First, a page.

By Sarah Fiorello

cotton plant showing cotton

Cotton became profitable to grow commercially after the invention of the cotton gin in 1794 and by 1860, cotton had become the primary cash crop using the labor of enslaved people in the United States. Despite all states agreeing to legally abolish slavery in 1808, southern plantation owners increased their enslaved labor force to meet the desire to greatly expand the production of cotton.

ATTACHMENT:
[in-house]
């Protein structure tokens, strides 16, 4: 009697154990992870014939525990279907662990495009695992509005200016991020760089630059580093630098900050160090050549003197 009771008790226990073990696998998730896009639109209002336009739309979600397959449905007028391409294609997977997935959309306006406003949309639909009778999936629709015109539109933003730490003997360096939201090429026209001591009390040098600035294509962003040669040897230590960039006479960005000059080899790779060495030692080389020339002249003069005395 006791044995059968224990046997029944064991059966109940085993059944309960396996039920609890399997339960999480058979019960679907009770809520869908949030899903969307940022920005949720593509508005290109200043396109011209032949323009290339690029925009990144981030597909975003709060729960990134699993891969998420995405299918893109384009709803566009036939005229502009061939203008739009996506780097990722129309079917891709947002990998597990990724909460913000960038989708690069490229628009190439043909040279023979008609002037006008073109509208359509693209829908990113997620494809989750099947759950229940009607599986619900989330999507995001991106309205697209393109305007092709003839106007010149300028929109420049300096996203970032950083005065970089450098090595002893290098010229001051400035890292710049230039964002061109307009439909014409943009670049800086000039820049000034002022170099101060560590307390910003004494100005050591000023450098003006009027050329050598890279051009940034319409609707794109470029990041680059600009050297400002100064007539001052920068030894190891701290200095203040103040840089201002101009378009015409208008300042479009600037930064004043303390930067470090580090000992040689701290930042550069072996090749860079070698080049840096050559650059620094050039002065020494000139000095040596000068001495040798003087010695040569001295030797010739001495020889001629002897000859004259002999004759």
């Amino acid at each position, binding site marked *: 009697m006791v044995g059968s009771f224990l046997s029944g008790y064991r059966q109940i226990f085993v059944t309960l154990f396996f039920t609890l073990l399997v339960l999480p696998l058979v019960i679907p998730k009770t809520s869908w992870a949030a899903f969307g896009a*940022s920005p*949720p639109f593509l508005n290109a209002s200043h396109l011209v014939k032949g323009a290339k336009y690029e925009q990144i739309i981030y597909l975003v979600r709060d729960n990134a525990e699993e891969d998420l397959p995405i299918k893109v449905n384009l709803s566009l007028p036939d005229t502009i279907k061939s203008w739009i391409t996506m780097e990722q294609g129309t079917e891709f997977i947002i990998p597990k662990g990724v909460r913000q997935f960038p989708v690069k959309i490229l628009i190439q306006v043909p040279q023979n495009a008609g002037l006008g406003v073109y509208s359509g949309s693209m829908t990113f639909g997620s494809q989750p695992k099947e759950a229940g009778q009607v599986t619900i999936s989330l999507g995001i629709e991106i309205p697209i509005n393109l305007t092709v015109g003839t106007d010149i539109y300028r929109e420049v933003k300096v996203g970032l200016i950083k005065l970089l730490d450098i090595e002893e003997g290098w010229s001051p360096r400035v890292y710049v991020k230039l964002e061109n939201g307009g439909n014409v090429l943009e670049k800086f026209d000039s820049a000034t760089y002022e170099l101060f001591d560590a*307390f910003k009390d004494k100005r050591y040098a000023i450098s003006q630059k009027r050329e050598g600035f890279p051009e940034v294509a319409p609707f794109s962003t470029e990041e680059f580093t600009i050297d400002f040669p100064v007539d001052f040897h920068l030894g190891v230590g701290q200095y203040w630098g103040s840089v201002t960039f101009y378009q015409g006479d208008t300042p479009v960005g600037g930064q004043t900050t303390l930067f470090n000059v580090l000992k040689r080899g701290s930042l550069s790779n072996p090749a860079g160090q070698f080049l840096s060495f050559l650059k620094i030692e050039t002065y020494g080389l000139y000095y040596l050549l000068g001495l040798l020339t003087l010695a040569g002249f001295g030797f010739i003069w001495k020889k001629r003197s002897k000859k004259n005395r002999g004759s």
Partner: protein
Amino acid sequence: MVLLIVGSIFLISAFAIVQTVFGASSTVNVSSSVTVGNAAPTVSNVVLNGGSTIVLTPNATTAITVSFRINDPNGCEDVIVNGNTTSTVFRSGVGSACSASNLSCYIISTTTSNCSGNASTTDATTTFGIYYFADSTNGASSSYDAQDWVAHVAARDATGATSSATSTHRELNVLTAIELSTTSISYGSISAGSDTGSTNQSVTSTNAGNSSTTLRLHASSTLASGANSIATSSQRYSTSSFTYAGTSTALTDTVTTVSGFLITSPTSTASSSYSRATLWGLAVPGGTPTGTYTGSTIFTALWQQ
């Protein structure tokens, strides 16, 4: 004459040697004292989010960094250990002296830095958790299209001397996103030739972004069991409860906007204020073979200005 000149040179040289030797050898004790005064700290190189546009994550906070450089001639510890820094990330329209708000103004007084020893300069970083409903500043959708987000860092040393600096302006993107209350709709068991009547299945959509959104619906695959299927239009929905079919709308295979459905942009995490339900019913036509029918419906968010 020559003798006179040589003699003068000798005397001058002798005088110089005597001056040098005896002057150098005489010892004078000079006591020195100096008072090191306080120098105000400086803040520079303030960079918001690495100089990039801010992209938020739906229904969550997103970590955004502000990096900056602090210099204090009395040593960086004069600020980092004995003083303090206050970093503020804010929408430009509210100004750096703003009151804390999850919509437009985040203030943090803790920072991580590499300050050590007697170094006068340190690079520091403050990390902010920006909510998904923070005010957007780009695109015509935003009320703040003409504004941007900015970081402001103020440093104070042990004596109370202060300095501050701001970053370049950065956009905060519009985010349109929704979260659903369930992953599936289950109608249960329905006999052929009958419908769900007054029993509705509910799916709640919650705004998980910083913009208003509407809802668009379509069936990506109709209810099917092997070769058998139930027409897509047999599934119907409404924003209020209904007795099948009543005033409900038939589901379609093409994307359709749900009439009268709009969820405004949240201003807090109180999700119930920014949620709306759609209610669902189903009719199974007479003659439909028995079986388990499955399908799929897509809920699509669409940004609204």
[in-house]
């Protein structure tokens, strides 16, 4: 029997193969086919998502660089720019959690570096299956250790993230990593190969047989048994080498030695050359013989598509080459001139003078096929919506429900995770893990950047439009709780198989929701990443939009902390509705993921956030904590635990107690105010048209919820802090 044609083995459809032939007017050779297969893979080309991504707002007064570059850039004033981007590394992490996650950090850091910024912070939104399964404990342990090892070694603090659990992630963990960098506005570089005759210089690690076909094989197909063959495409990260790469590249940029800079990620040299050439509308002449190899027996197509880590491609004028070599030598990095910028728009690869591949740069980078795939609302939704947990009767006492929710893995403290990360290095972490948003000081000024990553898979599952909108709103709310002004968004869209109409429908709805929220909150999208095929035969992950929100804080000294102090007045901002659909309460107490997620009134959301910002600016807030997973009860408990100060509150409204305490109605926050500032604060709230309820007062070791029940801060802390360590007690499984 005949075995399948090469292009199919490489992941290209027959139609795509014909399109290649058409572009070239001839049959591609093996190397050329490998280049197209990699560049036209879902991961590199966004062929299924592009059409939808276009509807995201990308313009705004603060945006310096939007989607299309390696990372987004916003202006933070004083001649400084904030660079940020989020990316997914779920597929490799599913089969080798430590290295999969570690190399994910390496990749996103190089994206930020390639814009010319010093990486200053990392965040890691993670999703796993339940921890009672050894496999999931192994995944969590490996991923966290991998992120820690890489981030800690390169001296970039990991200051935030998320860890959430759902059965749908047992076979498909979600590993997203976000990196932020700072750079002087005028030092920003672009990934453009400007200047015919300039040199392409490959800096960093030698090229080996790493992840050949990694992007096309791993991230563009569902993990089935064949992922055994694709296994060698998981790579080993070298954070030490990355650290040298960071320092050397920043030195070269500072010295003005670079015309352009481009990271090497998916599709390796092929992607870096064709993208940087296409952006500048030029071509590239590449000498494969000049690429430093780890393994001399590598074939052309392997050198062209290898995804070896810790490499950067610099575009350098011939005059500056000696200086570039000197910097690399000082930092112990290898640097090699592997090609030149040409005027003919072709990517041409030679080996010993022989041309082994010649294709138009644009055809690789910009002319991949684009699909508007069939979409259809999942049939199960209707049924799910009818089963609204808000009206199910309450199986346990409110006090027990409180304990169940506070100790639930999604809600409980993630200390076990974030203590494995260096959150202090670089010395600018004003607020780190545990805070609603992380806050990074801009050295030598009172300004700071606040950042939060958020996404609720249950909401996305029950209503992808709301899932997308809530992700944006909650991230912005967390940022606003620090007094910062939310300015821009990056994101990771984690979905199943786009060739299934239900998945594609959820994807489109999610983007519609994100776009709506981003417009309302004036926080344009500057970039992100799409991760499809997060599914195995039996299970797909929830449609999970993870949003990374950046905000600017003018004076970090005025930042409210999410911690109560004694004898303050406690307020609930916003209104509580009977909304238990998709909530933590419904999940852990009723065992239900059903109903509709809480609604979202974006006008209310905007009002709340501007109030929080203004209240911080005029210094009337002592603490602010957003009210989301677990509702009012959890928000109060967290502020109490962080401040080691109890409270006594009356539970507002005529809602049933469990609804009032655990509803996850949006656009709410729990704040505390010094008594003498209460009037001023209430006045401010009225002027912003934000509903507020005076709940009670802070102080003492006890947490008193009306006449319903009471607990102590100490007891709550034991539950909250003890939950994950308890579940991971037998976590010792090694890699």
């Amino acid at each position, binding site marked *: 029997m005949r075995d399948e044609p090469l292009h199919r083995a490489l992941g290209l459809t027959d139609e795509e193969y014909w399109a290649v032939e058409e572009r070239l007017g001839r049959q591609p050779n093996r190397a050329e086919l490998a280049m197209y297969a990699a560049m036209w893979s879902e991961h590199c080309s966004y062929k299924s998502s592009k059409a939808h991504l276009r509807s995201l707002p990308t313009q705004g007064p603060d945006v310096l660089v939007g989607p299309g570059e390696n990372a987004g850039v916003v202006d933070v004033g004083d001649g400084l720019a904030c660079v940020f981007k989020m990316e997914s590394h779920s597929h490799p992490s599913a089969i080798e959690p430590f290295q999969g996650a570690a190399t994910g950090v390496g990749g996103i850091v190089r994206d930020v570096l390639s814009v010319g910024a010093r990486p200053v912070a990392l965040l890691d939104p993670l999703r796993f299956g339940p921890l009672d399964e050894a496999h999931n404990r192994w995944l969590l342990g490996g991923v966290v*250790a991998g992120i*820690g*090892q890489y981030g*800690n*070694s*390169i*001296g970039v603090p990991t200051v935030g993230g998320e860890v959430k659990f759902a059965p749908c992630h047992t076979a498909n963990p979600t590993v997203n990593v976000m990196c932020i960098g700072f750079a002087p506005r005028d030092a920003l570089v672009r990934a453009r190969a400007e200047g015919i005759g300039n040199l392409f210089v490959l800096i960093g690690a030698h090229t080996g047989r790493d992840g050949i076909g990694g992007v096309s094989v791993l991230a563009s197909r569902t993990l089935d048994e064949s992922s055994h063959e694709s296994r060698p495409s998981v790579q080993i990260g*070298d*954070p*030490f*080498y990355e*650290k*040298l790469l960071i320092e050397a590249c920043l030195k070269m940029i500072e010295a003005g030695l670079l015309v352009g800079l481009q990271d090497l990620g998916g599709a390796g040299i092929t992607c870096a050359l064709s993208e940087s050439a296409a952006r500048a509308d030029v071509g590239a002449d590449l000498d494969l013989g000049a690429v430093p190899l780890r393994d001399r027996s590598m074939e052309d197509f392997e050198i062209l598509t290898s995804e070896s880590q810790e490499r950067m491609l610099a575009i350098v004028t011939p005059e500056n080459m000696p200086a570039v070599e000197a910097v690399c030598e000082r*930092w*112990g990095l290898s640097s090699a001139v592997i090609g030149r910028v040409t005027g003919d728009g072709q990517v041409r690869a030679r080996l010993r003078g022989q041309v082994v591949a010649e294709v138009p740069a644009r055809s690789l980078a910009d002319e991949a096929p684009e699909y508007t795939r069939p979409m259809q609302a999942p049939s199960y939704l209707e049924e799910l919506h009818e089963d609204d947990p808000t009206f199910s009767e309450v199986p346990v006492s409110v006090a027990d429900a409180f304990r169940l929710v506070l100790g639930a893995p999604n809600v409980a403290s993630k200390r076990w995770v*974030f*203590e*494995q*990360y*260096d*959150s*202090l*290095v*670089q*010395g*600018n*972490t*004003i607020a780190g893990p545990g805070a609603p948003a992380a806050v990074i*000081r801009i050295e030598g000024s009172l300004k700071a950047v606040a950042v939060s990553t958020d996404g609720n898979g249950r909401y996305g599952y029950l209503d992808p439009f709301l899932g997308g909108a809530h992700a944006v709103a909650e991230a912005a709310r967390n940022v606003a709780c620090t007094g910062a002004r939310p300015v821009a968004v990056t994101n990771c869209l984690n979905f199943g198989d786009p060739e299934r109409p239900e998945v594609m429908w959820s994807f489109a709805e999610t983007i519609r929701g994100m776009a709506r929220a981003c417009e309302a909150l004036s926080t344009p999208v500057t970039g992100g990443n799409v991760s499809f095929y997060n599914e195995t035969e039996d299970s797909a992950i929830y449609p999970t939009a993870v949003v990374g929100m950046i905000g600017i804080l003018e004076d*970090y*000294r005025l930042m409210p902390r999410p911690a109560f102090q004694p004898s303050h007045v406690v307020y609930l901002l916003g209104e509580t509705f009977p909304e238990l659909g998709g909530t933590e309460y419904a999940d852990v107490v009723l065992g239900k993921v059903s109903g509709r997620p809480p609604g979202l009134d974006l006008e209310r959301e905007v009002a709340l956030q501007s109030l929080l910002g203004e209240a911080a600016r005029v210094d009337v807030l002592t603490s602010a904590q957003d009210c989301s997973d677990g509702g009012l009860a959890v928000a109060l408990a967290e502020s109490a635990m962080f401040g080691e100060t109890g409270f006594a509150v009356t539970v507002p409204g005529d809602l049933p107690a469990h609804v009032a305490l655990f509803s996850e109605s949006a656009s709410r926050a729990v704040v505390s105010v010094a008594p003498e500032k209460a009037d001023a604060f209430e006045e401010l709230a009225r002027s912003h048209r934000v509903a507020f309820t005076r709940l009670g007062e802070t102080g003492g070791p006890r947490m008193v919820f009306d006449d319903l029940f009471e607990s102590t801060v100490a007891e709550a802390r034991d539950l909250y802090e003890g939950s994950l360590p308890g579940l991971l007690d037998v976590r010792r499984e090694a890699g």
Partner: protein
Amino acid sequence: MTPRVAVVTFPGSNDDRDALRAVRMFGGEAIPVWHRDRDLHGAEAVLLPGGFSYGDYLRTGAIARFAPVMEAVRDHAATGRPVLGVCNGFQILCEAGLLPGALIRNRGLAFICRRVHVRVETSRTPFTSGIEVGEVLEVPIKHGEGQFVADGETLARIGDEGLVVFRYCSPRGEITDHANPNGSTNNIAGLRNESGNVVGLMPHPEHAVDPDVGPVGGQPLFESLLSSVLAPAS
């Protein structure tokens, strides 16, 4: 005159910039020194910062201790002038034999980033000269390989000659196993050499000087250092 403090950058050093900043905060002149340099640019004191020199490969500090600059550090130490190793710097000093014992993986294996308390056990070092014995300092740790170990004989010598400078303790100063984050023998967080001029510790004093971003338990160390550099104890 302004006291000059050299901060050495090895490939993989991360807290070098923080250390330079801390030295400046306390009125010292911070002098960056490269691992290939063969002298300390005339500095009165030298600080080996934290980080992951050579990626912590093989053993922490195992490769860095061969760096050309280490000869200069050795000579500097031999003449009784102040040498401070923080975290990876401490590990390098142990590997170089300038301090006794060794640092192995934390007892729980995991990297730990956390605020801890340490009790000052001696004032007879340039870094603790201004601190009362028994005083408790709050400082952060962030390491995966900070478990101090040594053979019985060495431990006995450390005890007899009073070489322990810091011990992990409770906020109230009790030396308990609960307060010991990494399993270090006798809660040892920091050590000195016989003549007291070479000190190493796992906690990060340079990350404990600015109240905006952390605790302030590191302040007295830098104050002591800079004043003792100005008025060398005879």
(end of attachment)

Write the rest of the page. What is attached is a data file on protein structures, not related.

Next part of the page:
Medicinal uses: Cultivated in Africa for at least 2000 years for its useful fibers, cotton’s leaves, seeds, and roots have also been used in traditional African folk medicine. African women who were forced into slavery brought their knowledge of the power of medicinal plants with them and passed their knowledge on from generation to generation. Drinking tea made with cotton root bark was a significant method among enslaved women to stimulate uterine contractions during childbirth.

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